Propagation of Ornamental Plants
10(4): 169-175, 2010
THE HYPERHYDRICITY SYNDROME:
WATERLOGGING OF PLANT TISSUES AS A MAJOR CAUSE
Laura Rojas-Martínez, Richard G. F. Visser, and Geert-Jan de Klerk*
WageningenUR Plant Breeding, P. O. Box 16, 6700 AA, Wageningen, The Netherlands, *Fax: + 31 317483457, *E-mail: firstname.lastname@example.org
Hyperhydricity (also known as ‘vitrification’) is a physiological disorder in tissue-cultured plant material, which causes a reduction of propagation and death of tissues when transferred to ex vitro conditions. A plethora of causes has been mentioned in literature. We consider this disorder as the result of the stressful conditions brought about by waterlogging of the apoplast. This causes hypoxia and thereby leads to severe oxidative stress. We argue that hyperhydric features like vitreous appearance and wrinkled leaves are secondary events resulting from waterlogging of the apoplast. With the use of readily available technologies, the molecular components of hyperhydricity can be dissected.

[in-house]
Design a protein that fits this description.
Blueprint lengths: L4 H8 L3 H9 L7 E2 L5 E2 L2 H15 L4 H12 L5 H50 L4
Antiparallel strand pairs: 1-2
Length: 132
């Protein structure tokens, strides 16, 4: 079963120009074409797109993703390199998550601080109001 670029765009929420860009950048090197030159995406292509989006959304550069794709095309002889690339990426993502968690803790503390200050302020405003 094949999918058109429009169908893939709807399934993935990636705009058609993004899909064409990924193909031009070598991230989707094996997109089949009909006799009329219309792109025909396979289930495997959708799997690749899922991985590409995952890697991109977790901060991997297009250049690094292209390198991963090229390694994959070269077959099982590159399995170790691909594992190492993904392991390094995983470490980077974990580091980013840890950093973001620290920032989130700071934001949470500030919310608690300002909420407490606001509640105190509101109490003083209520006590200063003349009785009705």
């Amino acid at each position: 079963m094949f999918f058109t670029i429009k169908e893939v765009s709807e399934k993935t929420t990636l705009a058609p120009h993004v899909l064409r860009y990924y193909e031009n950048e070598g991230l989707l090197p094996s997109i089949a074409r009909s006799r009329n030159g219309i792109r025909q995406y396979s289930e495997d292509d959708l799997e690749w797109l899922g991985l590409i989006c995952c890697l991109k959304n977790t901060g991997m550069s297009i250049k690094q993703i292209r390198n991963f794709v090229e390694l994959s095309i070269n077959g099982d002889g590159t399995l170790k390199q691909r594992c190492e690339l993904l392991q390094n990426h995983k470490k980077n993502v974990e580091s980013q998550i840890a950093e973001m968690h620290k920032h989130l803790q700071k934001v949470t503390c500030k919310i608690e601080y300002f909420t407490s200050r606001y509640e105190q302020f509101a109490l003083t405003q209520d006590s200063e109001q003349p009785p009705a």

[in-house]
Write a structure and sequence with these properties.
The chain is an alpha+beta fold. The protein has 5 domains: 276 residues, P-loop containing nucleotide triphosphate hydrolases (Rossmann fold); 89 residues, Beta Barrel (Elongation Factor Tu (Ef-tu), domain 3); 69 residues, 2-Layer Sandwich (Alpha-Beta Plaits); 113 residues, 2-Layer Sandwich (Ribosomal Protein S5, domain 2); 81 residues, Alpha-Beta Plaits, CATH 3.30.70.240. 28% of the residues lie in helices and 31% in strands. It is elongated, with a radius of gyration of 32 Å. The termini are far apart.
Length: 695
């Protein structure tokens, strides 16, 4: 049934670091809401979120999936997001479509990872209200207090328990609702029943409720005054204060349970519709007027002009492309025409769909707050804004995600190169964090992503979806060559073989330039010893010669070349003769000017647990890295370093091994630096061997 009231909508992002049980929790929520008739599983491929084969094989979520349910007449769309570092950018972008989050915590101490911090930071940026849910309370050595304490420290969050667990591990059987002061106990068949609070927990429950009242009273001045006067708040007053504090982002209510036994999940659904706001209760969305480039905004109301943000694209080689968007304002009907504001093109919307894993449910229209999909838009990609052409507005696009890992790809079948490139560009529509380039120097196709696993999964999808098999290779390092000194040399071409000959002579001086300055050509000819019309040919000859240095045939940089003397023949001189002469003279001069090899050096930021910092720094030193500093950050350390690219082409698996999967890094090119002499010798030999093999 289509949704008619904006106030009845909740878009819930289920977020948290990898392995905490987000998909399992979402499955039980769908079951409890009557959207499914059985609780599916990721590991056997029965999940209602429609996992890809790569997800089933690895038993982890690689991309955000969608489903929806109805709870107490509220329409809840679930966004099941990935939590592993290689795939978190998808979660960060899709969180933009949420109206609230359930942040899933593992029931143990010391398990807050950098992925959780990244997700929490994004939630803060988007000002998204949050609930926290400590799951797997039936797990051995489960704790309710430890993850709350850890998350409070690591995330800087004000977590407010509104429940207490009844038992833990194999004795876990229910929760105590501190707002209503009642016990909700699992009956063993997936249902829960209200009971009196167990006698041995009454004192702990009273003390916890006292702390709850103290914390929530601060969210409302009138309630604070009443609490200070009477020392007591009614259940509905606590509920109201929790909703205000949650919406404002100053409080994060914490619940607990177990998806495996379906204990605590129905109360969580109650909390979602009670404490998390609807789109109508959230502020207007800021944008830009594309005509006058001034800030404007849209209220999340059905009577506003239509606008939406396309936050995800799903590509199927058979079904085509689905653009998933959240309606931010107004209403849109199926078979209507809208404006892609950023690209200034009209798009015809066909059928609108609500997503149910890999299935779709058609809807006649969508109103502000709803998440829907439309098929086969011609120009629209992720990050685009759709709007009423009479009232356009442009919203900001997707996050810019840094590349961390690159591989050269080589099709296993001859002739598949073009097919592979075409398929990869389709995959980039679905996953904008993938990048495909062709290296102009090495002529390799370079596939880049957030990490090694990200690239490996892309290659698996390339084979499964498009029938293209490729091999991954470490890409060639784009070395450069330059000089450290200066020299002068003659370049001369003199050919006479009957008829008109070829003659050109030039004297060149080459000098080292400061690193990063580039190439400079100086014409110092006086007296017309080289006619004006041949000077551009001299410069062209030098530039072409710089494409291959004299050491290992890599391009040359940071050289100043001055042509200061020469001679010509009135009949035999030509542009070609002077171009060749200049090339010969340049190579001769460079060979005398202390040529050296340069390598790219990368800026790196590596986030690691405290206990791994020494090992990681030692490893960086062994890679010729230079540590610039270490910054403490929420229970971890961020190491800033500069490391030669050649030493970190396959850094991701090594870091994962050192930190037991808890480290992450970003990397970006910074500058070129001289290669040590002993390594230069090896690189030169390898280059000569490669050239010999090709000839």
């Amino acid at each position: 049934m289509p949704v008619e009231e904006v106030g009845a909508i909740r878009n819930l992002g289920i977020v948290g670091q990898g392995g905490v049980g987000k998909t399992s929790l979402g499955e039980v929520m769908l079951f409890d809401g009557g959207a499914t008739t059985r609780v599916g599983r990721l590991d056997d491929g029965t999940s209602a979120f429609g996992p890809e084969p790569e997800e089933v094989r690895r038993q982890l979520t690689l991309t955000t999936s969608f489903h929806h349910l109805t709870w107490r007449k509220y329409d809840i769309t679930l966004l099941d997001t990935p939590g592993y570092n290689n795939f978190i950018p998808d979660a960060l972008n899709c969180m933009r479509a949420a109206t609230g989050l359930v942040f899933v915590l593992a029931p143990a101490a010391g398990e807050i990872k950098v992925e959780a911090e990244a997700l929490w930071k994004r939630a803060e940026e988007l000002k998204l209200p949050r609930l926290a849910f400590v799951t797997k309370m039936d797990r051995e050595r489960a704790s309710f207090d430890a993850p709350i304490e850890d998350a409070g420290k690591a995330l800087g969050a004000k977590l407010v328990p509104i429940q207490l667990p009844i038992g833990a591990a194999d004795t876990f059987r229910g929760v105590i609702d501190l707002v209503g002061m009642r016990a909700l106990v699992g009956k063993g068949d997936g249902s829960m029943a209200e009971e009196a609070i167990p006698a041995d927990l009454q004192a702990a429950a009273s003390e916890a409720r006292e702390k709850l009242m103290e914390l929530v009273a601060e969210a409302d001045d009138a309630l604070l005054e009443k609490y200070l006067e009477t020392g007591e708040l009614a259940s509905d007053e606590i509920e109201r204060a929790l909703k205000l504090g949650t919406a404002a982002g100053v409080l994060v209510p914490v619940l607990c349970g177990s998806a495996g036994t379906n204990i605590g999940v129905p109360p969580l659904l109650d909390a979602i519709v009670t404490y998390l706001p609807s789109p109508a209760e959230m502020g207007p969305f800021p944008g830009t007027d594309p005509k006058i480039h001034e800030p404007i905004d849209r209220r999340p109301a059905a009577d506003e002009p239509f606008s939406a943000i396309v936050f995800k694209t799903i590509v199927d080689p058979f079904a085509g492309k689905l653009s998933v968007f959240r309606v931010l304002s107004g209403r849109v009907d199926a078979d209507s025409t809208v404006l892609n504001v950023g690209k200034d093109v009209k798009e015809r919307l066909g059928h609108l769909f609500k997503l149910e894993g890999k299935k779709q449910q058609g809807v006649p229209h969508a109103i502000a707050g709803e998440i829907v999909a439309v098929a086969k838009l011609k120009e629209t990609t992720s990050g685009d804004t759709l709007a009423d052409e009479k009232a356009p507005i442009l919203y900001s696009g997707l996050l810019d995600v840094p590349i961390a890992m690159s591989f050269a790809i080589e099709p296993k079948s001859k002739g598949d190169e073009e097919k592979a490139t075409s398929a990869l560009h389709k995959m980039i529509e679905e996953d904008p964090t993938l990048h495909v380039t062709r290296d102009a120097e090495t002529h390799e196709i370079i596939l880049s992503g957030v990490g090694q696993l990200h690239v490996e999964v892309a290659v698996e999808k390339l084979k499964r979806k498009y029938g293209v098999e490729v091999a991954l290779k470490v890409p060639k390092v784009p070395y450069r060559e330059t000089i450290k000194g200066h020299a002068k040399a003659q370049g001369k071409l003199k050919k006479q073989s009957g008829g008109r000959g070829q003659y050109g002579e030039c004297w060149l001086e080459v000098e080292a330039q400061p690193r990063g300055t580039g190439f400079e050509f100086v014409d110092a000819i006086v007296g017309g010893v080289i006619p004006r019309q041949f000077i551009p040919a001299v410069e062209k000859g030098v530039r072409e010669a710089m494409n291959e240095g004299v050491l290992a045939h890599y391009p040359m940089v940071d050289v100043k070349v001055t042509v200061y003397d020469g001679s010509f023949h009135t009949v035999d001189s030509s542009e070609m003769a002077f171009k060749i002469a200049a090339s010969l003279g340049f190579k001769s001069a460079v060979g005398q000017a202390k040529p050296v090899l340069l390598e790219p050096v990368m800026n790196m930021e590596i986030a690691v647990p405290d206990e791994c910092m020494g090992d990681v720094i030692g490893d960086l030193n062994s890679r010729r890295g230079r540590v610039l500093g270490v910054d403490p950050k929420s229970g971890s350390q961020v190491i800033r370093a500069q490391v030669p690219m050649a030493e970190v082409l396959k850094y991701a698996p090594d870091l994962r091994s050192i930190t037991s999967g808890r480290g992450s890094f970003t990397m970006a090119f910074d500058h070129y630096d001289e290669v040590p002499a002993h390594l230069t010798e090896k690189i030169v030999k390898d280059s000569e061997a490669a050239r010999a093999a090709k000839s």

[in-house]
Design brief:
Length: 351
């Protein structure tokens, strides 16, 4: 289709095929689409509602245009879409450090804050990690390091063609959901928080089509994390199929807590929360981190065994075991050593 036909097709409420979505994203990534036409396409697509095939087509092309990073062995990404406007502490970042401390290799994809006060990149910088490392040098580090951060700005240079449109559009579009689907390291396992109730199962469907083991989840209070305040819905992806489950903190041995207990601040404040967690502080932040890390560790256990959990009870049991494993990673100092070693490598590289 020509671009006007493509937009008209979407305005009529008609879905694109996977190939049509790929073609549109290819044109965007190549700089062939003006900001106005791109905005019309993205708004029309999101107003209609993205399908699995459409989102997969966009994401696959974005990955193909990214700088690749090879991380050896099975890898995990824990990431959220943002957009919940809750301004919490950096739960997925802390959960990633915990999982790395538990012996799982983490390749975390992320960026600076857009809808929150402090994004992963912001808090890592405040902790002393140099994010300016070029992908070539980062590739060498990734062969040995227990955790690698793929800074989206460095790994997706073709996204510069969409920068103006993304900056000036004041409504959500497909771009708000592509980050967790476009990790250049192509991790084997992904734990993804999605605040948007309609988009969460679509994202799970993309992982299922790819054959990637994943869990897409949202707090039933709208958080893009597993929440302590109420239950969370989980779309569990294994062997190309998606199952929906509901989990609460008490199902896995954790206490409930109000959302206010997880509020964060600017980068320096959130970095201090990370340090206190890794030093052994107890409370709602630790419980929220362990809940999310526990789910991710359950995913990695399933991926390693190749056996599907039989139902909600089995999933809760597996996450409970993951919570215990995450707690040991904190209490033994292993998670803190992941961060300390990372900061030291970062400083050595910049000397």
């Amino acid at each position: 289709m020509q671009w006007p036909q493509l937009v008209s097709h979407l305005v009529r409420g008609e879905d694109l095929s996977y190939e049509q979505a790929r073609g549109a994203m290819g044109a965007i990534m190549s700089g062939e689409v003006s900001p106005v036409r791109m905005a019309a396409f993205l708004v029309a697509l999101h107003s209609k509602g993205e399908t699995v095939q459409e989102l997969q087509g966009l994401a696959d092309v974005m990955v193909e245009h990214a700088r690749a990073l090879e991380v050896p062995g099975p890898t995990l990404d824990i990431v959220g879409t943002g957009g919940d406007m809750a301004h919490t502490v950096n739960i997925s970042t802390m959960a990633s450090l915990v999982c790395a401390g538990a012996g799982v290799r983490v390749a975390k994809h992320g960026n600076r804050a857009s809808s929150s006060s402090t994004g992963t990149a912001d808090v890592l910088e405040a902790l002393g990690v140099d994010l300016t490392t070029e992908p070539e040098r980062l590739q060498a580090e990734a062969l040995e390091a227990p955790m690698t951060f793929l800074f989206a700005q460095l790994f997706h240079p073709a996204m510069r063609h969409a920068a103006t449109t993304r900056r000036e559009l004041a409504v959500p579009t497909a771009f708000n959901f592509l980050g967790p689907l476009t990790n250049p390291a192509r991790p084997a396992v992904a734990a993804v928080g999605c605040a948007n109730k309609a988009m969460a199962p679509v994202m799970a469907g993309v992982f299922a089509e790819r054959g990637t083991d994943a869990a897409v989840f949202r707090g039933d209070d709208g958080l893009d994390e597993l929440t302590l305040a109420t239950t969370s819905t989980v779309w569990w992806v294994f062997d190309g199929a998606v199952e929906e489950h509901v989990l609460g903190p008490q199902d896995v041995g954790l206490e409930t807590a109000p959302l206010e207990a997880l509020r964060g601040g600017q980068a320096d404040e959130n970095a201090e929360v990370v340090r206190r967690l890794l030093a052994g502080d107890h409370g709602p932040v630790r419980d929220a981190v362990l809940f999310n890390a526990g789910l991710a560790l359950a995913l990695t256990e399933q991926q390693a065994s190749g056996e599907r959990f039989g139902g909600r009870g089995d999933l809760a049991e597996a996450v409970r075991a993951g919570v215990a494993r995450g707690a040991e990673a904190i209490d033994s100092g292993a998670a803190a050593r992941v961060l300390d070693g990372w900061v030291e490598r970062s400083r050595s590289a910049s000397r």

Key words: apoplast, hyperhydricity, hypoxia, micropropagation, vitrification, oxidative stress.